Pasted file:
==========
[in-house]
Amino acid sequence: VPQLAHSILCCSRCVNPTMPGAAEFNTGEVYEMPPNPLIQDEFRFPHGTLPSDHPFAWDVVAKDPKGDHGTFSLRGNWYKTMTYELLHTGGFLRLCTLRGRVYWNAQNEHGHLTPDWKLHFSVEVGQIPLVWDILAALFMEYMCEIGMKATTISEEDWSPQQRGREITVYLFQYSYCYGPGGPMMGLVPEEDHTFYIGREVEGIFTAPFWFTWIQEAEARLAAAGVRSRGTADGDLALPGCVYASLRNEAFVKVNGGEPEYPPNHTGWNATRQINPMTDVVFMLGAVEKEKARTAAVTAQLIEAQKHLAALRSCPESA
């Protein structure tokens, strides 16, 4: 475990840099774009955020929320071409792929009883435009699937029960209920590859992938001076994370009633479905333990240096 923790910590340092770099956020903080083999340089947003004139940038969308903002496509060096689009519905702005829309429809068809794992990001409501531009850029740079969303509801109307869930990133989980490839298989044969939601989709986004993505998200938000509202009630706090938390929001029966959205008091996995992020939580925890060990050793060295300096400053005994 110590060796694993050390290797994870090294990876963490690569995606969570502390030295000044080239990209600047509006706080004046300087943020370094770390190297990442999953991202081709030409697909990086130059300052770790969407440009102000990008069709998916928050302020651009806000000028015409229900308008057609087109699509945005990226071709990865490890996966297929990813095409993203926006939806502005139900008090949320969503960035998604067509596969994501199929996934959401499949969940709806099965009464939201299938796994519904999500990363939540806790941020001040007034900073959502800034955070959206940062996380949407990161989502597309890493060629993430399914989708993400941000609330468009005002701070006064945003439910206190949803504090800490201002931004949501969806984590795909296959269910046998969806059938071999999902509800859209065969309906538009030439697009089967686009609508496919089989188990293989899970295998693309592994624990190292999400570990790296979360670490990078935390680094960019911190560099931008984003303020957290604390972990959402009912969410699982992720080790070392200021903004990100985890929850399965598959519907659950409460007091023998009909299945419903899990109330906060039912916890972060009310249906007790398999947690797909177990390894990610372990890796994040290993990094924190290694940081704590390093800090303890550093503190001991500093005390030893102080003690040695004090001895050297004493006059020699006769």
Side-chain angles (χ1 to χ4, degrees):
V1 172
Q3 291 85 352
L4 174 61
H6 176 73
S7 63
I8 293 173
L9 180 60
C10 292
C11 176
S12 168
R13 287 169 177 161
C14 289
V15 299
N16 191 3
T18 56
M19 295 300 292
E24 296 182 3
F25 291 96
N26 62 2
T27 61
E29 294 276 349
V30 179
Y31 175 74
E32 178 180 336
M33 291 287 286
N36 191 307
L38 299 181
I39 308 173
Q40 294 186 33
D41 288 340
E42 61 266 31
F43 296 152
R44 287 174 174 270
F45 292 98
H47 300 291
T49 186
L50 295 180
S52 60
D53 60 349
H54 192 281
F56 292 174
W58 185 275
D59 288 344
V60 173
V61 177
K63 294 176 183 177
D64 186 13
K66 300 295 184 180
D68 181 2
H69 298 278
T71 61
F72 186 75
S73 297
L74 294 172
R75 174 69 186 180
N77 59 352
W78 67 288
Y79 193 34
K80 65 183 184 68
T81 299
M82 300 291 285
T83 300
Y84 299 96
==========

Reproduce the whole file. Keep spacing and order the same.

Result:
[in-house]
Amino acid sequence: VPQLAHSILCCSRCVNPTMPGAAEFNTGEVYEMPPNPLIQDEFRFPHGTLPSDHPFAWDVVAKDPKGDHGTFSLRGNWYKTMTYELLHTGGFLRLCTLRGRVYWNAQNEHGHLTPDWKLHFSVEVGQIPLVWDILAALFMEYMCEIGMKATTISEEDWSPQQRGREITVYLFQYSYCYGPGGPMMGLVPEEDHTFYIGREVEGIFTAPFWFTWIQEAEARLAAAGVRSRGTADGDLALPGCVYASLRNEAFVKVNGGEPEYPPNHTGWNATRQINPMTDVVFMLGAVEKEKARTAAVTAQLIEAQKHLAALRSCPESA
């Protein structure tokens, strides 16, 4: 475990840099774009955020929320071409792929009883435009699937029960209920590859992938001076994370009633479905333990240096 923790910590340092770099956020903080083999340089947003004139940038969308903002496509060096689009519905702005829309429809068809794992990001409501531009850029740079969303509801109307869930990133989980490839298989044969939601989709986004993505998200938000509202009630706090938390929001029966959205008091996995992020939580925890060990050793060295300096400053005994 110590060796694993050390290797994870090294990876963490690569995606969570502390030295000044080239990209600047509006706080004046300087943020370094770390190297990442999953991202081709030409697909990086130059300052770790969407440009102000990008069709998916928050302020651009806000000028015409229900308008057609087109699509945005990226071709990865490890996966297929990813095409993203926006939806502005139900008090949320969503960035998604067509596969994501199929996934959401499949969940709806099965009464939201299938796994519904999500990363939540806790941020001040007034900073959502800034955070959206940062996380949407990161989502597309890493060629993430399914989708993400941000609330468009005002701070006064945003439910206190949803504090800490201002931004949501969806984590795909296959269910046998969806059938071999999902509800859209065969309906538009030439697009089967686009609508496919089989188990293989899970295998693309592994624990190292999400570990790296979360670490990078935390680094960019911190560099931008984003303020957290604390972990959402009912969410699982992720080790070392200021903004990100985890929850399965598959519907659950409460007091023998009909299945419903899990109330906060039912916890972060009310249906007790398999947690797909177990390894990610372990890796994040290993990094924190290694940081704590390093800090303890550093503190001991500093005390030893102080003690040695004090001895050297004493006059020699006769």
Side-chain angles (χ1 to χ4, degrees):
V1 172
Q3 291 85 352
L4 174 61
H6 176 73
S7 63
I8 293 173
L9 180 60
C10 292
C11 176
S12 168
R13 287 169 177 161
C14 289
V15 299
N16 191 3
T18 56
M19 295 300 292
E24 296 182 3
F25 291 96
N26 62 2
T27 61
E29 294 276 349
V30 179
Y31 175 74
E32 178 180 336
M33 291 287 286
N36 191 307
L38 299 181
I39 308 173
Q40 294 186 33
D41 288 340
E42 61 266 31
F43 296 152
R44 287 174 174 270
F45 292 98
H47 300 291
T49 186
L50 295 180
S52 60
D53 60 349
H54 192 281
F56 292 174
W58 185 275
D59 288 344
V60 173
V61 177
K63 294 176 183 177
D64 186 13
K66 300 295 184 180
D68 181 2
H69 298 278
T71 61
F72 186 75
S73 297
L74 294 172
R75 174 69 186 180
N77 59 352
W78 67 288
Y79 193 34
K80 65 183 184 68
T81 299
M82 300 291 285
T83 300
Y84 299 96